I think that a citizen's income and pension should be looked at, but it needs to be introduced gradually and people should be confident that they will see a reward for what they've paid in. It's too late now for me to make any great changes.

Pigglywiggly Mon 13-Jun-16 05:37:59

So someone who never worked, or like my mother in law gave up work to have children should have the same pension as DH who has been working since he was 17 and is still working at 63? I don't think so.
With David Cameron threatening to remove the triple lock if we leave Europe now is not the time anyway.

Gracesgran Mon 13-Jun-16 10:32:06

I think this is a sledgehammer in dealing with the very low basic pension. If you look at the thread on basic/citizen's income there is a lot to recommend it. I believe the Labour Party are looking a beginning to bring this in and would be paying £50 to pensioners initially. This would be on top of anything you have earned within the state pension and basically replace a tranche of benefits.

One of the biggest problems in playing about with pensions is that they are so long term and we have seen the problems with the recent changes.

Sunseeker where does the figure of "around 12 million pensioners currently on the basic state pension." come from? No one should be "living" on only the basic SP of £119.30 (or less). If that is all they have they would be entitled to Pension Credit bringing them up to £155.60 unless, of course, they had savings at a level they could reasonably be expected to draw on.

Pension Credit (PC) has been a very contentious benefit and the idea of all pensioners getting the extra £50 Citizens income (in the first instance) and PC disappearing seems a good one to me.

durhamjen Mon 13-Jun-16 10:47:03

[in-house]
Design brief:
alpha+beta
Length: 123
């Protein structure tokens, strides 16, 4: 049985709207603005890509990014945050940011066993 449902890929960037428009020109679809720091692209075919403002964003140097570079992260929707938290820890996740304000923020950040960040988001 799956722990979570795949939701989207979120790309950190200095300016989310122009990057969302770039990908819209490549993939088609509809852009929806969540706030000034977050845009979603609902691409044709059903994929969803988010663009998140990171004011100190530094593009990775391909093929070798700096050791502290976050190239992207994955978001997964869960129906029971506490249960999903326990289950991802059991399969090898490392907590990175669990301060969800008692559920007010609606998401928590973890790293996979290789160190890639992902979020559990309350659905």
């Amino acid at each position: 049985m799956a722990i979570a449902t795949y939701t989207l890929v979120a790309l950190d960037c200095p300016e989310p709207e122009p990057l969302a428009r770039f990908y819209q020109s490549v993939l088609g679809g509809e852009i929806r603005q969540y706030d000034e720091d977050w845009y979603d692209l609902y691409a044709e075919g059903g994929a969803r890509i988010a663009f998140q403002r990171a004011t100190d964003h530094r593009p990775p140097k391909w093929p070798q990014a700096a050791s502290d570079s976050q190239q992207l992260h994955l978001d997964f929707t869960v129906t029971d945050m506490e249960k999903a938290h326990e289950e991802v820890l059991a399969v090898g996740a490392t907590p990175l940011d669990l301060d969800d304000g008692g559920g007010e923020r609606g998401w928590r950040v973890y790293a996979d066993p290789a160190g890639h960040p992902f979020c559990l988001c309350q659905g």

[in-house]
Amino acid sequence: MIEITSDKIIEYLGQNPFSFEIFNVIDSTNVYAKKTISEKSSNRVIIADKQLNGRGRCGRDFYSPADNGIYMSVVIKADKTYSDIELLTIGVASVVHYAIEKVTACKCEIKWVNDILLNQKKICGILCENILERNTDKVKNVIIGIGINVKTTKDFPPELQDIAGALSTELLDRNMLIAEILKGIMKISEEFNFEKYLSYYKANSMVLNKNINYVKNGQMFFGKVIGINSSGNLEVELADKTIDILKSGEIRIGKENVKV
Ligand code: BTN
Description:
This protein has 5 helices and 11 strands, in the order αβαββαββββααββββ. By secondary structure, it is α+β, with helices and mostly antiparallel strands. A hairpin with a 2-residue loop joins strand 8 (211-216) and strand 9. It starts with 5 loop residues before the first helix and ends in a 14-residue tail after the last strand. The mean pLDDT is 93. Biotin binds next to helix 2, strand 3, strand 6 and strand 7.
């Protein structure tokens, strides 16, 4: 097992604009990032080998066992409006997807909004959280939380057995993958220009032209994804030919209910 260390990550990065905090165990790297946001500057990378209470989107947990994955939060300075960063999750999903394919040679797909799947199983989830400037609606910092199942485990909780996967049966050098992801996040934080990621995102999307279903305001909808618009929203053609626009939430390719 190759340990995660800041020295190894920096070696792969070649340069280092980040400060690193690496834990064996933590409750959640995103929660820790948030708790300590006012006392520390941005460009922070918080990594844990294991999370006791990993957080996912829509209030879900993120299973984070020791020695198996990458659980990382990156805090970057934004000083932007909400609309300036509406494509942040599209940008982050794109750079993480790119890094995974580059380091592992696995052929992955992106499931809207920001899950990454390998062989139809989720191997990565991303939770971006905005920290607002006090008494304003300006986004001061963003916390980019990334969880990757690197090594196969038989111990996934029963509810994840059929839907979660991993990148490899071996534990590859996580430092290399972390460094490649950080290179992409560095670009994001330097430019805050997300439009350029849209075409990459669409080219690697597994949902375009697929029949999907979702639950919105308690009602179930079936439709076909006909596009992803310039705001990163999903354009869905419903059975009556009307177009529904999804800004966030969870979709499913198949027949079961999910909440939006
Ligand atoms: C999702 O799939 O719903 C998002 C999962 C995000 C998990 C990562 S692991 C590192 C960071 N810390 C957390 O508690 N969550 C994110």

I agree about pension credit, gracesgran. The reason there are so many poor pensioners is because many of them do not realise that they are entitled to it.
Bring in a citizen's income for all pensioners, on top of what they get in pension, and anyone who does not need it will have it clawed back through the tax system.
It has been proven time and time again that means tested benefits do not work for those who need them.

M0nica Mon 13-Jun-16 12:31:41

How much would this increase in the state pension cost and how will it be funded?

Please do not say soak the rich. The top 1% of earners already account for 28% of all income tax receipts.

Gracesgran Mon 13-Jun-16 14:07:01

M0nica there is a lot about this on the thread "Citizen's or Basic Income"

It is not an increase in the state pension; it is the beginnings of a Basic Income.

As for the top 1% my heart would weep for them but I don't see anything wrong with progressive taxation. Have you ever stopped to think what percentage of earnings the top one 1% get? If it is any where near the percentage they pay in tax that seems perfectly reasonable. Where did you get the figure of 28% by the way.

durhamjen Mon 13-Jun-16 15:01:08

If the top 1% own more than 50% of the nation's wealth, shouldn't they pay more than 50% of the tax take?

M0nica Mon 13-Jun-16 16:36:30

Wealth is not income. Are you suggesting a wealth tax.

I do not object to progressive taxation. I am merely pointing out that the propportion of wealthier taxpayers income paid in income tax is already high. By the time you add in VAT, capital gains tax and all the other taxes we pay they already are paying out 50% and more of their income in taxes.

However the question is: How much would this pension cost and how would it be funded? This question hasn't been answered. The same question applies to the idea of a basic income.

Gracesgran Mon 13-Jun-16 17:25:46

I thought you were asking Basic Income M0nica and muddling it with a rise in state pension as you asked directly after two posts about BI. I would direct your question if you hope to get an answer.

... and yes I would like a wealth tax smile

durhamjen Mon 13-Jun-16 18:57:22

The poorest pay more tax overall as a percentage of income than the richest, Monica.